7 February 1958, Hartford (CT) Courant, “With Malice Toward None” by Bill Lee, pg. 27A:
There is a saying in the dugouts that only the home run hitters drive Cadillacs.

Google News Archive
21 March 1958, Miami (FL) News, “Sports Today” by Norris Anderson, pg. 6C, col. 1:
Who says the home run hitters drive the Caddies and Thunderbirds?

4 February 1959, Omaha (NE) World-Herald, “Cerv Would Like to Draw ‘Singles’ Hitter’s Pay” by Robert Williams, pg. 23, col. 7:
Richie was asked what he thinks about Ralph Kiner’s remark that singles hitters drive Fords and home run sluggers Cadillacs—and the fact Ashburn owns a Cadillac.

7 May 1959, Hartford (CT) Courant, “With Malice Toward None” by Bill Lee, pg. 21A:
As the ball players say. the long ball hitters drive Cadillacs!

Google Books
My War with Baseball
By Rogers Hornsby with William Surface
New York, NY: Coward-McCann
1962
Pg. 57:
Everybody is going for the fences today because that’s where the pay-off is. The fans want home runs and the players have to hit them to make big money. Home-run hitters drive Cadillacs. Singles hitters drive Fords.

8 June 1962, Burlington (NC) Daily Times-News, “Between You ‘n’ Me” by Murray, pg. 2B, col. 1:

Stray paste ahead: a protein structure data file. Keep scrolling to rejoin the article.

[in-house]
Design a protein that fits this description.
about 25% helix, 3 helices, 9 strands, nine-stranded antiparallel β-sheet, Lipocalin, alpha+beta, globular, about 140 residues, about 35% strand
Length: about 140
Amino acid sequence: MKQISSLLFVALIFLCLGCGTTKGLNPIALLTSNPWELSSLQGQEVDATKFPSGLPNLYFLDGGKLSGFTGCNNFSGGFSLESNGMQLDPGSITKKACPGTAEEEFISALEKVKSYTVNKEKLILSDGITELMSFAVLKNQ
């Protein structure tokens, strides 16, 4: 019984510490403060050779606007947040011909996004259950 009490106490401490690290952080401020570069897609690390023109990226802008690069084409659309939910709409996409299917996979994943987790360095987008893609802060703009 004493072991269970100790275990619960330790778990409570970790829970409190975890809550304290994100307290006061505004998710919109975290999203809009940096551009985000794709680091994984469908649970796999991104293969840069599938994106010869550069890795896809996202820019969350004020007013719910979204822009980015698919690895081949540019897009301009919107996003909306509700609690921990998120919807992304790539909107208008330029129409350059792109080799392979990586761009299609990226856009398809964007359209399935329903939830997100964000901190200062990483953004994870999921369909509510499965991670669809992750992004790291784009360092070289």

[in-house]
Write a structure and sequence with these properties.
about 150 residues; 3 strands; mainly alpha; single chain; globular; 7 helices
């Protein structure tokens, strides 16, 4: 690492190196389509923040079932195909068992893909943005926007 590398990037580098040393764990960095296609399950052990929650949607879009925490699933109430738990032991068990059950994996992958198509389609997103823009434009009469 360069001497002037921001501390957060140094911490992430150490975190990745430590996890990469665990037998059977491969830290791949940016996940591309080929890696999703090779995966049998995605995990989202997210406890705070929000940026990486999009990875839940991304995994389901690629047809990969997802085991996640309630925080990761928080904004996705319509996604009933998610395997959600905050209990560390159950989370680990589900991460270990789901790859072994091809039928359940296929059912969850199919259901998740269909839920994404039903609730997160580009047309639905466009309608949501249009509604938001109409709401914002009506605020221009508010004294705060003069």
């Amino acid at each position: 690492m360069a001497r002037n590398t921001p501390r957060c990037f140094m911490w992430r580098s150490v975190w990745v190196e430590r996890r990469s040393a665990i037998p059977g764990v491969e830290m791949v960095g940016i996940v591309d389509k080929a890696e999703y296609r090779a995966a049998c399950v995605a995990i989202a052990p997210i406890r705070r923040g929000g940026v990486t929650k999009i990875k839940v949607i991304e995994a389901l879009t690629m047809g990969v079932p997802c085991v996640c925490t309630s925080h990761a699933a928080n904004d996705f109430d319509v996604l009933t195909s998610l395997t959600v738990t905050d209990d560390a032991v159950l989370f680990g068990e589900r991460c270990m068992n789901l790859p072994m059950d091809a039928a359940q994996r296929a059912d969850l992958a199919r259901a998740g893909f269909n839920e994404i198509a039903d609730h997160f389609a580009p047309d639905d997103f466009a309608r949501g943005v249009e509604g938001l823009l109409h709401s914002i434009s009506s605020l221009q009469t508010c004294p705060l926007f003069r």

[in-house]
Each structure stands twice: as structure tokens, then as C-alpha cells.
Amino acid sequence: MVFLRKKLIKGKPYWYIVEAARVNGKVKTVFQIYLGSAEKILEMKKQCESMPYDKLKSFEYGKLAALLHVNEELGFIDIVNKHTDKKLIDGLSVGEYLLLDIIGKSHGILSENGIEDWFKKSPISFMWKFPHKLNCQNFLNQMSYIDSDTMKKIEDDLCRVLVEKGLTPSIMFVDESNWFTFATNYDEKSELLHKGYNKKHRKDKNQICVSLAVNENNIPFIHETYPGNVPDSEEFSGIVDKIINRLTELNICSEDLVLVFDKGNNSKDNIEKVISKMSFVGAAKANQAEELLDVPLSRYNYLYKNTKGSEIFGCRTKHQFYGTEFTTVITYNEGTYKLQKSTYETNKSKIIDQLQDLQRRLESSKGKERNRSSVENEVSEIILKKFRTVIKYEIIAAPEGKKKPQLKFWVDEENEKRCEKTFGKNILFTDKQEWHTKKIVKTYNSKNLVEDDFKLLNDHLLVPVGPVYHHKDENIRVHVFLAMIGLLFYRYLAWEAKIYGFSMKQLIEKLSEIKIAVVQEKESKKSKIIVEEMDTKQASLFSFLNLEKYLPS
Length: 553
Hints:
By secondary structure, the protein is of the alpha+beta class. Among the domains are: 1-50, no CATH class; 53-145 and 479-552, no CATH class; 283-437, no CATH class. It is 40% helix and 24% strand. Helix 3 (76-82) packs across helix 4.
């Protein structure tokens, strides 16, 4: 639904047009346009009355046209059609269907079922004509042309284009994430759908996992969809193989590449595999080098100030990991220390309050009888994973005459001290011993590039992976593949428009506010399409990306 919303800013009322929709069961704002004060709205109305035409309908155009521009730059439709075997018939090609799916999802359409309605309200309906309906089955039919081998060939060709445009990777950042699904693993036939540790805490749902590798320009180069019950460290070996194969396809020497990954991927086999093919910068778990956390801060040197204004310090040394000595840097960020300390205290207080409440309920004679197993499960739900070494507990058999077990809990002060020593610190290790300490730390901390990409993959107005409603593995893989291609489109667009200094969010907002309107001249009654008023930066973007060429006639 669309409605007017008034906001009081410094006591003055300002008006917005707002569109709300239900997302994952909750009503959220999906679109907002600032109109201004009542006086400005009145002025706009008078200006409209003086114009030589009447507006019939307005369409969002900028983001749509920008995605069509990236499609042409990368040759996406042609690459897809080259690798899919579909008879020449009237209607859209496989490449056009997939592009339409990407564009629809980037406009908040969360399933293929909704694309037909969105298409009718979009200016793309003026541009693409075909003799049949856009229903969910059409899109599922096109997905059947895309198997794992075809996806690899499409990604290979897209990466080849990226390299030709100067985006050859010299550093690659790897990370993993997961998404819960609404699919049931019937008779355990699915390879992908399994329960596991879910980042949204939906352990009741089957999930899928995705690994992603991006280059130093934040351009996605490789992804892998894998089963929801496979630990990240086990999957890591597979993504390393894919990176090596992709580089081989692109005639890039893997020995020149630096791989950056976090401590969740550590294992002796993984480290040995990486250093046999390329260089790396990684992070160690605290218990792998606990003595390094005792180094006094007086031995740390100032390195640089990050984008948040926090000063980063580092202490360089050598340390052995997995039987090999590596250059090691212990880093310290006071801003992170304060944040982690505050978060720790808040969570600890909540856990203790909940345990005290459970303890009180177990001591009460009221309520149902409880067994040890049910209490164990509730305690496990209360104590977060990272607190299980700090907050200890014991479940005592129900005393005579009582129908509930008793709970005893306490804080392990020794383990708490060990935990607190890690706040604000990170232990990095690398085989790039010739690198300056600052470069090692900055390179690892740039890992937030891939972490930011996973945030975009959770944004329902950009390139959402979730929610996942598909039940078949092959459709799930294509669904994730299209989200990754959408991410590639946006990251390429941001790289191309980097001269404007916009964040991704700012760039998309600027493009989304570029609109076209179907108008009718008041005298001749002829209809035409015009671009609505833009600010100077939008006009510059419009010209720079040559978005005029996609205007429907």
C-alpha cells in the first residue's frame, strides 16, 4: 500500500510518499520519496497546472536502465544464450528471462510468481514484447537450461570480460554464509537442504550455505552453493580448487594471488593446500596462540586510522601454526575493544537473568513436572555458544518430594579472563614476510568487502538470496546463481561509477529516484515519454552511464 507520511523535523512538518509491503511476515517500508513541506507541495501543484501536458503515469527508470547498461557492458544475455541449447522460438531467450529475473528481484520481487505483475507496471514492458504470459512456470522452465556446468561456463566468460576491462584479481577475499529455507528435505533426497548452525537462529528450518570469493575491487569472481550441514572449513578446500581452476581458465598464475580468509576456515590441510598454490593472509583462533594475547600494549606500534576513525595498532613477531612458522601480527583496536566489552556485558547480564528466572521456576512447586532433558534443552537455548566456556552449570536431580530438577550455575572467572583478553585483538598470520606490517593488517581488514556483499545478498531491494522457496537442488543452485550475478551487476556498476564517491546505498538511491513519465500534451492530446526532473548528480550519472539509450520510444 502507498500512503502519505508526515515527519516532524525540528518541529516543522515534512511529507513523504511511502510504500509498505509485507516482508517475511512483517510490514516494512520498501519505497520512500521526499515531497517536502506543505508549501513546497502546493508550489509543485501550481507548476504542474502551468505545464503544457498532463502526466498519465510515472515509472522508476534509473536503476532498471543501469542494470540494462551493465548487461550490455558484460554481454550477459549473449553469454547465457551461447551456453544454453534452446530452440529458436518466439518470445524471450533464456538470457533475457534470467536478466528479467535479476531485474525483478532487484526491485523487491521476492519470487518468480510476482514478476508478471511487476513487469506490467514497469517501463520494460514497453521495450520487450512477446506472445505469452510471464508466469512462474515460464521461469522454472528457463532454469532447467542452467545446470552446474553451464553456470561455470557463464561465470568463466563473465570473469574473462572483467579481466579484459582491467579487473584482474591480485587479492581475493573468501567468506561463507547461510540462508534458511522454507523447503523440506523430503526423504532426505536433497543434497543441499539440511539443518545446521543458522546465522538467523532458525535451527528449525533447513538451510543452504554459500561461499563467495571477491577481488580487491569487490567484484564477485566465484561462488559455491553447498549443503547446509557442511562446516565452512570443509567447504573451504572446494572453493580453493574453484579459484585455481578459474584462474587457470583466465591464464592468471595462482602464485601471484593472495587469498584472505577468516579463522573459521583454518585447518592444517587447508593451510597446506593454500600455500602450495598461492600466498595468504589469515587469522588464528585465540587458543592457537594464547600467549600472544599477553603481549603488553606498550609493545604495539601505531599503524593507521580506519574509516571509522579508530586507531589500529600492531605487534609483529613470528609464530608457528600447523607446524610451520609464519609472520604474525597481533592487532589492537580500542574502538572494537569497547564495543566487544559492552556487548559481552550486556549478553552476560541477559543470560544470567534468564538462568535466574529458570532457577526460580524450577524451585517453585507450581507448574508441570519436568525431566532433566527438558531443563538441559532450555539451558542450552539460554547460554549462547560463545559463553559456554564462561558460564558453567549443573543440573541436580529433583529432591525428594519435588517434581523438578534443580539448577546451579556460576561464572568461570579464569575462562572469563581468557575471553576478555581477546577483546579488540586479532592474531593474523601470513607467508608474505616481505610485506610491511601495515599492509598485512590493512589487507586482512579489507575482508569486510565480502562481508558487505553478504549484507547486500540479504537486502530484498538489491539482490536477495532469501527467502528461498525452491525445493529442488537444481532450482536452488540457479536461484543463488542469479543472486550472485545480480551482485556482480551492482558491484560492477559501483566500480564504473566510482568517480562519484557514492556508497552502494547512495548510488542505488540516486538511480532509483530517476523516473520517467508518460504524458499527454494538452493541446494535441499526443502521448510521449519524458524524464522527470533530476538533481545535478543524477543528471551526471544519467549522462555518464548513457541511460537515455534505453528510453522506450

Ralph Kiner, it now turns out, never said the phrase that has become a part of baseball idiom—“Singles hitters drive Fords; home run hitters drive Cadillacs"..."I’ve been driving a Ford a long time,” confessed the former slugger, who now airs games for the New York Mets. “Fritz Ostermueller (the old major league pitcher) said it.”

Google Books
July 1962, Ebony, pg. 48, col. 2:
“Home run hitters,” says Pittsburgh slugger Dick Stuart, “drive Cadillacs. Singles hitters drive Fords.”

Google Books
A Thinking Man’s Guide to Baseball
By Leonard Koppett
New York, NY: Dutton
1967
Pg. 31:
Greed is simple to explain: “Home-run hitters drive Cadillacs” is an irrefutable slogan.

Google Books
June 1969, Baseball Digest, pg. 68, col. 1:
A clause has been added to the adage that “home run hitters drive Cadillacs while singles hitters drive Fords,” the punch line being “guys who don’t hit either drive delivery trucks for a living.”

Google Books
June 1975, Baseball Digest, pg. 26, col. 2:
There’s a tiresome baseball adage: “Home run hitters drive Cadillacs and singles hitters drive Fords.”
Pg. 27, col. 1:
That’s no longer true.

Google Books
BackTalk; The View From Kiner’s Korner
By RALPH KINER with DANNY PEARY
Published: April 04, 2004
(...)
Another quote that has been attributed to me is, ‘’Home-run hitters drive Cadillacs and singles hitters drive Fords.’’ That was actually first said by my Pirates teammate, pitcher Fritz Ostermueller.

Google Books
It’s Outta Here!:
The history of the home run from Babe Ruth to Barry Bonds

By Bill Gutman
Lanham, MD: Taylor Trade Publications
2005
Pg. 3:
Many years ago the inimitable Casey Stengel, in speaking about his power-laden New York Yankees, said, “Home run hitters drive Cadillacs!” Back in the 1950s, the Cadillac was the luxury car of choice and, in his own way, Ol’Case knew what he was talking about.

Posted by Barry Popik
New York CitySports/Games • (0) Comments • Saturday, November 19, 2011 • Permalink